Can vaccination trigger Sweet’s syndrome?

Updated 7/10/17.

Sweet’s syndrome triggered by vaccination.

There is some medical evidence to show that certain vaccinations can potentially trigger Sweet’s syndrome, but this is very rare, and it is important to take the following information into consideration:

  • Sweet’s syndrome is rare, probably affecting no more than 3 people per 10,000 (Zamanian and Ameri, 2007).
  • It mainly affects adults not children, and only 5% to 8% of cases have been in children (Sharma et al, 2015).
  • In some people, something is needed to trigger the onset of Sweet’s syndrome, but in 50% of people with Sweet’s syndrome there is no known trigger.
  • Infection is a more common trigger for Sweet’s syndrome than vaccination, and as a result, Sweet’s syndrome tends to be more common in countries where people are more likely to develop infections (Ginarte and Toribio, 2011: 120). It is most commonly triggered by upper respiratory tract infection, but can be triggered by other infections too.
  • There have only been 11 cases of Sweet’s syndrome triggered by vaccination reported in medical literature in the past 42 years, globally. In some of these cases, a definite connection between the vaccination and Sweet’s syndrome was not established.
  • Sweet’s syndrome has only been associated with certain vaccinations and not others (see below).

Which vaccinations have been associated with Sweet’s syndrome?

Sweet’s syndrome has been associated with the following vaccinations:

  • Bacillus Calmette-Guerin (BCG or tuberculosis) (Carpentier et al, 2002: 82; Cruz-Velasquez et al, 2016). Two cases. One in 1986, occurring 15 days after vaccination, but the authors of the medical article that reported this did not control the tuberculin (Mantoux) test. One reported in 2002, occurring 10 days after vaccination.
  • Hepatitis B (Enokawa et al, 2017). One case in a 69-year-old man with the autoimmune condition, systemic lupus erythematosus. Symptoms of Sweet’s syndrome started to develop 48 hours after vaccination, and there were no lesions at the vaccination site.
  • Influenza (Cruz-Velasquez et al, 2016; Hali et al, 2010, Jovanovic et al, 2005; Tan el al. 2006; Wolf et al. 2009). Four cases. One reported in 2005; in 2006, one case of bullous Sweet’s syndrome following vaccination in a HIV-infected patient; in 2009, neutrophilic dermatosis of the hands occurring 12 hours after vaccination; in 2010, one case of Sweet’s syndrome after H1N1 influenza (swine flu) vaccination.
  • Smallpox (Carpentier et al, 2002: 82; Cruz-Velasquez et al, 2016). Two cases reported in 1975, occurring 3 days after vaccination.
  • Streptococcus pneumonia (Carpentier et al, 2002: 82; Cruz-Velasquez et al, 2016; Pedrosa et al, 2013). Two cases. One reported in 1990, occurring 4 days after vaccination following a splenectomy. One reported in 2013, and the first with the 13-valent conjugate vaccine.

Do vaccinations trigger Sweet’s syndrome because they are toxic or contain dangerous chemicals?

No. Vaccinations do not trigger Sweet’s syndrome because they are toxic or contain dangerous chemicals, and anyone who tells you this may be doing so for one of the following reasons: they have no real understanding of vaccination or Sweet’s syndrome; they are trying to scare you; they are trying to promote their own agenda, e.g. anti-vax or financial; they are trying to sell you something, e.g. ‘detox’ products that will supposedly cleanse your body of vaccine ‘toxins’, and thereby, cure your Sweet’s syndrome.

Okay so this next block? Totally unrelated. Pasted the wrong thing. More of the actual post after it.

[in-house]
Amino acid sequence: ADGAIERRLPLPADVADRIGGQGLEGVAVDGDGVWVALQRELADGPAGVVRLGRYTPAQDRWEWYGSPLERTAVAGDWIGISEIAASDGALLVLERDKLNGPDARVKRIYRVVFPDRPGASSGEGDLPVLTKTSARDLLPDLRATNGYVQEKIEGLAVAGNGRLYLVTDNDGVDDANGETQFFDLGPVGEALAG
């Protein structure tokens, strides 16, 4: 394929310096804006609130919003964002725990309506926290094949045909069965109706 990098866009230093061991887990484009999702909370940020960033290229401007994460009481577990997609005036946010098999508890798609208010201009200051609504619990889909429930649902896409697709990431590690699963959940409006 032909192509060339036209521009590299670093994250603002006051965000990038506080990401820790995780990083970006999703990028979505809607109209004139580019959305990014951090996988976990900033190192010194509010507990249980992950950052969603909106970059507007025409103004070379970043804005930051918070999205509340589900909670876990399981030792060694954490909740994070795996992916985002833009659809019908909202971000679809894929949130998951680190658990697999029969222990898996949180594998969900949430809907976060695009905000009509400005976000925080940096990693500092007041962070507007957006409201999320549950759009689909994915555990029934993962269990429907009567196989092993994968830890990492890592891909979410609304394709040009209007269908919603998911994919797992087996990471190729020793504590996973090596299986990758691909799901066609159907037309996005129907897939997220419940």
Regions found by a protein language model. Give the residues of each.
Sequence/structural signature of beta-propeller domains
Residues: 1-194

Why do vaccinations trigger Sweet’s syndrome?

Vaccination can trigger Sweet’s syndrome because of hypersensitivity reaction.

What is hypersensitivity reaction in Sweet’s syndrome?

Sweet’s syndrome is caused by errors in the innate immune system, the body’s most primitive, ‘hard-wired’ immune system, and a part of the immune system that doesn’t produce antibodies. Because of these errors, in some people with Sweet’s syndrome, their innate immune system responds to antigens in a way that it shouldn’t, i.e. is hypersensitive and goes into overdrive, overreacting to the presence of infectious, inflammatory, drug, or tumour cell antigens (Bhat et al, 2015: 257; Kasirye et al, 2011: 135).

Antigens are mainly proteins or sugars on the surface of a cell or a non-living substance, that a part of your immune system called the adaptive immune system sees as a foreign invader and produces antibodies in response to. The presence of antigens associated with certain health conditions, medications and vaccinations can potentially trigger Sweet’s syndrome by stimulating the innate immune system to produce molecular messengers called cytokines, which eventually leads to the activation of white blood cells called neutrophils (Gosheger et al, 2002: 70). The neutrophils migrate to skin tissues and sometimes other tissues, causing skin lesions or other symptoms of Sweet’s syndrome.

If I have Sweet’s syndrome should I avoid having vaccinations?

No. Most people with Sweet’s syndrome don’t need to avoid having their vaccinations unless they can’t be vaccinated for other medical reasons, e.g. they are taking certain types of medication or have other health conditions. However, if the Sweet’s syndrome was initially triggered by a particular vaccination, e.g. influenza, then it would not be advisable to have the same kind of vaccination again.

How do I know if vaccination has triggered my Sweet’s syndrome?